A schematic view of ALICE is shown in Fig.1. It consists of a central part, which measures hadrons, electrons, and photons, and a forward single arm spectrometer that focuses on muon detection. The central ‘barrel’ part covers the direction perpendicular to the beam from 45° to 135° and is located inside a huge solenoid magnet, which was built in the 1980’s for an experiment at CERN’s LEP accelerator. As a warm resistive magnet, the maximum field at the nominal power of 4 MW reaches 0.5 T. The central barrel contains a set of tracking detectors, which record the momentum of the charged particles by measuring their curved path inside the magnetic field. These particles are then identified according to mass and particle type by a set of particle identification detectors, followed by two types of electromagnetic calorimeters for photon and jet measurements. The forward muon arm (2°-9°) consists of a complex arrangement of absorbers, a large dipole magnet, and fourteen planes of tracking and triggering chambers.
Fig 1: Computer model of the ALICE detector. The different sub-detectors are labelled with their acronym, which are not always explained but listed both in the figure and the text to help locating the various components of ALICE.
Two features of ALICE, not found in the other LHC detectors, are at the origin of several unusual installation challenges:
The asymmetric layout with the large magnetic Muon Spectrometer constraints the installation of and access to the central detectors: the 200 tons of ‘central’ detectors can only be placed from the opposite side; these central detectors placed inside the L3 magnet can only be supported from the mechanically rigid iron crowns at the ends of the magnet, separated by a distance of 15 meters.
These seemingly innocent issues kept several brilliant and creative engineers occupied for the better part of five years. The asymmetry imposed by the Muon spectrometer on the overall design was not accepted lightly. The alternative implied however displacing the 900-ton muon dipole magnet, the 300 ton muon filter, the muon detectors together with a large section of the delicate Be-vacuum chamber. The final verdict was rather clear: the complex, delicate one-sided installation represented the lesser evil.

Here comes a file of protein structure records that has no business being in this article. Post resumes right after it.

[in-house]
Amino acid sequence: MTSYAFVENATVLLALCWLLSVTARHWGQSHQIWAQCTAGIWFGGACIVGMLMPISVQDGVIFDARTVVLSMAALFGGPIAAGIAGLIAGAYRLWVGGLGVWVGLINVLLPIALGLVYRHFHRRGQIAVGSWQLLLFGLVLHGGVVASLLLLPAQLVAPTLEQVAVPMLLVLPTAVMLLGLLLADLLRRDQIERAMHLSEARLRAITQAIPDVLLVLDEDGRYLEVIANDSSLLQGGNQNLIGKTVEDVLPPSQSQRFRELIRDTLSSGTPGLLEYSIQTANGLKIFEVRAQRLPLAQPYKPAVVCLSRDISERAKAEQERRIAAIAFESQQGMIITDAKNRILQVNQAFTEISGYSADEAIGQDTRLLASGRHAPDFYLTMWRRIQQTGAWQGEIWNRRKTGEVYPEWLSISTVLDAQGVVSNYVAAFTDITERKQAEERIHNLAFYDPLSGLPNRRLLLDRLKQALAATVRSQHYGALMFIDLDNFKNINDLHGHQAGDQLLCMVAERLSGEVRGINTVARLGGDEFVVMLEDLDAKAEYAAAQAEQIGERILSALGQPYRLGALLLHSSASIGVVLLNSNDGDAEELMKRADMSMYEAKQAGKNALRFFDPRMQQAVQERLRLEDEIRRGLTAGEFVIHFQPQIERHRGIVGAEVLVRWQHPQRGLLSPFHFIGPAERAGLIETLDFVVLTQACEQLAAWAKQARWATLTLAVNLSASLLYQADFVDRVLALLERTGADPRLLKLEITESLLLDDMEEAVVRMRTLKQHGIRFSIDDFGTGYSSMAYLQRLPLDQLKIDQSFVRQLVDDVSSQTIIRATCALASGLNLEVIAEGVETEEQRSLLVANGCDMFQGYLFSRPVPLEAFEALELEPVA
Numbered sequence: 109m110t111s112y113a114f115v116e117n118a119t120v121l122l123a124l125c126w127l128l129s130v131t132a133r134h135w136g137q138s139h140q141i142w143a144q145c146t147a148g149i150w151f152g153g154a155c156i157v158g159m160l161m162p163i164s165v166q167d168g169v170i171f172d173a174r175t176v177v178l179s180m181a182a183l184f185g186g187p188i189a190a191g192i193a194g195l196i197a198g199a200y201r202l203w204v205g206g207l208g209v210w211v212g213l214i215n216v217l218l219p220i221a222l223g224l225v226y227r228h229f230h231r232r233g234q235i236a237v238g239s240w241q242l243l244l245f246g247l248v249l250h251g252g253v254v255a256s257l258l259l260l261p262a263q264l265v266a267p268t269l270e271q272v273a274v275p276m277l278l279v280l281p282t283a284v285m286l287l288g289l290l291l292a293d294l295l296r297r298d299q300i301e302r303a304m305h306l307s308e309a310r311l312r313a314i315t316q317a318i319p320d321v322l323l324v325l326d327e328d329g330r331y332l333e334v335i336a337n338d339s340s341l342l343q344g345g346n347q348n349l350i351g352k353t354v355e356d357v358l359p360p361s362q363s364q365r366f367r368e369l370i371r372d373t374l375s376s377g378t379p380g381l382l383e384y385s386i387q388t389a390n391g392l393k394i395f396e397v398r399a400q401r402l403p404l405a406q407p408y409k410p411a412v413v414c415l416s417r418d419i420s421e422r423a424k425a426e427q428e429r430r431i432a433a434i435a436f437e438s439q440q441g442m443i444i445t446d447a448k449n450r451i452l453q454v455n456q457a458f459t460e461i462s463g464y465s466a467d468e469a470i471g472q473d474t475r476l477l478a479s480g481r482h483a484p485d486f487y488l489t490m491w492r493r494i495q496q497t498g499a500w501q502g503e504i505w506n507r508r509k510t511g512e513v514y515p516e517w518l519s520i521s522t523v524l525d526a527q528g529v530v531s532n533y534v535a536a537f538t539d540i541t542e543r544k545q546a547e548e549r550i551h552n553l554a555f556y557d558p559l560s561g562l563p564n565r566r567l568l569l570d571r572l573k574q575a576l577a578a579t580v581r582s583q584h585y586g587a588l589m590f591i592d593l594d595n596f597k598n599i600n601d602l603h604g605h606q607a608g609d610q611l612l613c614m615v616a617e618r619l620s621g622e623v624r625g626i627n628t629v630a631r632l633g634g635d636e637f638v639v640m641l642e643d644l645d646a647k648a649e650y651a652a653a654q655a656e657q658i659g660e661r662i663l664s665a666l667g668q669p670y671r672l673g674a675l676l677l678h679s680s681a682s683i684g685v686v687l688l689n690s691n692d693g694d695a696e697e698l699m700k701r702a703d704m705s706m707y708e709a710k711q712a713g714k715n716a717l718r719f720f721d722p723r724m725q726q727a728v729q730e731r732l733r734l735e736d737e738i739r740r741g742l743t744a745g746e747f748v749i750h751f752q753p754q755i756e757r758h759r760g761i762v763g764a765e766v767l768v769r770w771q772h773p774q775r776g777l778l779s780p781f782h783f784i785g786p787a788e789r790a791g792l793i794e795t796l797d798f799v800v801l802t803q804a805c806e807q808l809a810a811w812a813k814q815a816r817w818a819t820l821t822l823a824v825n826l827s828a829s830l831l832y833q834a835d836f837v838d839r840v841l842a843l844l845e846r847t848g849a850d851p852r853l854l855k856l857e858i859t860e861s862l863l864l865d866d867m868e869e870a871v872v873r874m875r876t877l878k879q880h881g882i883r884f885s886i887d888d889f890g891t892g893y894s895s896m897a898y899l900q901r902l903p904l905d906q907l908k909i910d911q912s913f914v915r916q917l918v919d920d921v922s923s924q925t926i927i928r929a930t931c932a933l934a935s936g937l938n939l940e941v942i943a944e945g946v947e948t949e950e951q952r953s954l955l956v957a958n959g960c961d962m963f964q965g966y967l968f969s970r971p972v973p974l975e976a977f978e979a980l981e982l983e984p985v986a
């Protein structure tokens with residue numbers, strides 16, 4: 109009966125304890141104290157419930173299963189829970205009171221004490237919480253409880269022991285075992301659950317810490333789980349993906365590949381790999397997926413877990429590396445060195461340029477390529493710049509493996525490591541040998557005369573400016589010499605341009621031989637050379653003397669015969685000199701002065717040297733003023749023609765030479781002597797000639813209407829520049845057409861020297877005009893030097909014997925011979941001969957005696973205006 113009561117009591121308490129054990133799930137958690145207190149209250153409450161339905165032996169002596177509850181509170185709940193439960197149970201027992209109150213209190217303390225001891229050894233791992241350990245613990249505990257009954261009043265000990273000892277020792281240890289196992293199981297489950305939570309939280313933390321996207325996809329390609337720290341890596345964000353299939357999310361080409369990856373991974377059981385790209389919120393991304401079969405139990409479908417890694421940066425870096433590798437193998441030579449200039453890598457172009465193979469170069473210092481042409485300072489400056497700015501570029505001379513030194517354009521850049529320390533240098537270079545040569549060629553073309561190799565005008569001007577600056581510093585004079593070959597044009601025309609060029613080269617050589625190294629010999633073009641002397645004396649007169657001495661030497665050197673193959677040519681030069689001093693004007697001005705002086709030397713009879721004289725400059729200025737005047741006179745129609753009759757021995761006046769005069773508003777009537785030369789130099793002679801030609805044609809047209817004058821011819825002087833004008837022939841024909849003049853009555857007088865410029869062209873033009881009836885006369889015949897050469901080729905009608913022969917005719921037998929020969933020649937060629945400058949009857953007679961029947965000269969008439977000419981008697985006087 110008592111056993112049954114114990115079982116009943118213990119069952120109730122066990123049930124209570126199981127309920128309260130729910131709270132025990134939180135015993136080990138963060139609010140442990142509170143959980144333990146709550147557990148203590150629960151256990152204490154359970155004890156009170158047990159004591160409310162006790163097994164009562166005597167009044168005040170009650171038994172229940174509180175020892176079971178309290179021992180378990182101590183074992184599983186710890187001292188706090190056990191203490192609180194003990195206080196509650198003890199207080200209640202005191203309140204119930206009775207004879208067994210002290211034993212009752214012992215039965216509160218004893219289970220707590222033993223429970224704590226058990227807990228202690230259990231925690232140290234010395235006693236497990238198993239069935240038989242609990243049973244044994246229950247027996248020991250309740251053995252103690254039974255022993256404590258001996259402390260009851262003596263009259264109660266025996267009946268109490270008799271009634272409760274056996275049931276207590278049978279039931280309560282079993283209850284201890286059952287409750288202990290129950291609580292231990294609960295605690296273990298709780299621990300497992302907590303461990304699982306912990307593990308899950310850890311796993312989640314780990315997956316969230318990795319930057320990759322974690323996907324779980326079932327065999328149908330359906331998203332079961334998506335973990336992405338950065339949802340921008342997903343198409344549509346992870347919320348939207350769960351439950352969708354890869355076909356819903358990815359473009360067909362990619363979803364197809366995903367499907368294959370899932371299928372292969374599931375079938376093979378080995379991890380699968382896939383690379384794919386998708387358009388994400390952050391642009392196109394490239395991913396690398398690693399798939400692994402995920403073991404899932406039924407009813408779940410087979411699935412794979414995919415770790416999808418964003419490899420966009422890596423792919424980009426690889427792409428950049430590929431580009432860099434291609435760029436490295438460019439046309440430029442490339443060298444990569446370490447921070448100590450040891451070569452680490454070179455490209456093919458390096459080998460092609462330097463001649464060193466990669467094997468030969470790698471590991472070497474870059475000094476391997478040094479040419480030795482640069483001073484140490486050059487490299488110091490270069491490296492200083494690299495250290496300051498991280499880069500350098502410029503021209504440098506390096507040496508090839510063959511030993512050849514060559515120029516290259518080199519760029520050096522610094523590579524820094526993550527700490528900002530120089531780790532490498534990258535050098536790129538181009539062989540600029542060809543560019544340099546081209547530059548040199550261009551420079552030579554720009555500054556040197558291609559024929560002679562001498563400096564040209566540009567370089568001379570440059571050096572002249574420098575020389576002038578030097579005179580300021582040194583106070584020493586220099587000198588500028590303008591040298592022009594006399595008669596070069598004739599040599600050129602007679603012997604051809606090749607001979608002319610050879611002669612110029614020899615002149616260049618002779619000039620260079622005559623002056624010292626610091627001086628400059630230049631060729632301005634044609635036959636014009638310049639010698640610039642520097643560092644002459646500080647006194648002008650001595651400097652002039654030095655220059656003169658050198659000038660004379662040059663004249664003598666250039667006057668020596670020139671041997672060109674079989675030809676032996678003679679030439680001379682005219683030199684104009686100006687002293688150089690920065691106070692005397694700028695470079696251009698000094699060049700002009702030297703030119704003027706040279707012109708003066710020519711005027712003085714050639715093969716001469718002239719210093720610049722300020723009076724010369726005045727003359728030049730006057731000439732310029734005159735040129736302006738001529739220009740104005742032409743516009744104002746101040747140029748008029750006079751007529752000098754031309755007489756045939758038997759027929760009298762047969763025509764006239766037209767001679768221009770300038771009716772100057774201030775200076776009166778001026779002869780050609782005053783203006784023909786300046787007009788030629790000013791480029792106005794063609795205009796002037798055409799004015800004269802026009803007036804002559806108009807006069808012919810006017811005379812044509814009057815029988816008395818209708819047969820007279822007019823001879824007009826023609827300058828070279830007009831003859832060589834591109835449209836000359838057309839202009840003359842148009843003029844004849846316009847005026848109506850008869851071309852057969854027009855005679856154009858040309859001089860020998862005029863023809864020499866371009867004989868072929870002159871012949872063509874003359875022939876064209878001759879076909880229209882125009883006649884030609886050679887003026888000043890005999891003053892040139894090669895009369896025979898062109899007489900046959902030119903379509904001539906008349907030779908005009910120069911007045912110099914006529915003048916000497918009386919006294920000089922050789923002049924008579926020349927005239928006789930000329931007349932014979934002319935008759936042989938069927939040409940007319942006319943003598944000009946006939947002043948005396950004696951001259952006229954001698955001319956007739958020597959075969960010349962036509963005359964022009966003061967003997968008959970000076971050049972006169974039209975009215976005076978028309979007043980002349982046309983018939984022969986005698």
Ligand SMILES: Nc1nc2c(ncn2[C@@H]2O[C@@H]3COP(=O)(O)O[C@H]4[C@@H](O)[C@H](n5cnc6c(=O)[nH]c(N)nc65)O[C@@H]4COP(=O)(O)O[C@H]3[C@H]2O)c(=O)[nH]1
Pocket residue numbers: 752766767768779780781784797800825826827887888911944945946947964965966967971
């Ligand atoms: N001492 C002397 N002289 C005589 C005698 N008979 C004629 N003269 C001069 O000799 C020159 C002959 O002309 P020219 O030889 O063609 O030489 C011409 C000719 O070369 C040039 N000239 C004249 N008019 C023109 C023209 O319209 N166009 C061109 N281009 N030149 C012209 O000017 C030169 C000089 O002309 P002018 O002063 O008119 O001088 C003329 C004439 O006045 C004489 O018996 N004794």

First, the Muon Spectrometer was installed in its final, fixed position together with the hadron absorber. A ‘ballet’ of ITS and TPC motions had to be minutely orchestrated to allow the installation of the vacuum chamber, the independent Pixel and ITS detectors and, finally, the TPC.
Connecting the detectors to cables, gas and cooling lines required to place these detectors at various intermediate positions. This was not only complex and delicate, it was potentially dangerous: the movement of the detectors caused large, up to 5 mm vertical deformations of the supports, while the vacuum chamber, attached to the detectors, was limited to excursions of less than 2.5. mm. This installation scenario could literally ‘make or break’ the ALICE experiment; it was reviewed by many committees, dress-rehearsed on the surface with many of the final components, monitored with strain gauges, feeler gauges, cross-checked by survey teams, engineers and physicists… It took the better part of nine months during 2007 to install these systems. Using a variety of tools from the inevitable duct tape to a dentist’s drill for final dimensional adjustments, the operation was completed successful and in time as can be seen in Fig 15, which shows the experiment shortly before completion in early 2008, essentially ready to accept beams from the LHC.
Front view of the L3 magnet, with its doors partially open. A bridge guides services, power cables, fluids and gases into the central detector. The silicon tracker is no longer visible and even the large TPC is mostly obscured. The stainless-frame structure which supports most of the central detectors is partially filled with TOF and TRD modules.
New technology, skilful engineering, and critical design decisions have led to a state-of-the-art detector that will be up to the task of observing the primordial matter created by heavy ion collisions in the LHC. ALICE is the first truly universal ‘general purpose’ heavy ion experiment, which combines in a single detector most of the capabilities assigned in the past to several more specialised experiments. Incorporating the fruits of many years of R&D effort dedicated specifically to meeting the numerous challenges posed by the physics of nuclear collisions at the LHC, it is ready and well prepared, after more than 15 years of design and construction, to explore the ‘little bang’ and enter ALICE’s wonderland of physics at the LHC.
Excitement in the ALICE control room during the first collisions (November 2009).
The article was originally prepared for the experiment chapter of the book ‘The Large Hadron Collider: A marvel technology’, EPFL-Press Lausanne, Switzerland, 2009 (Editor: L. Evans).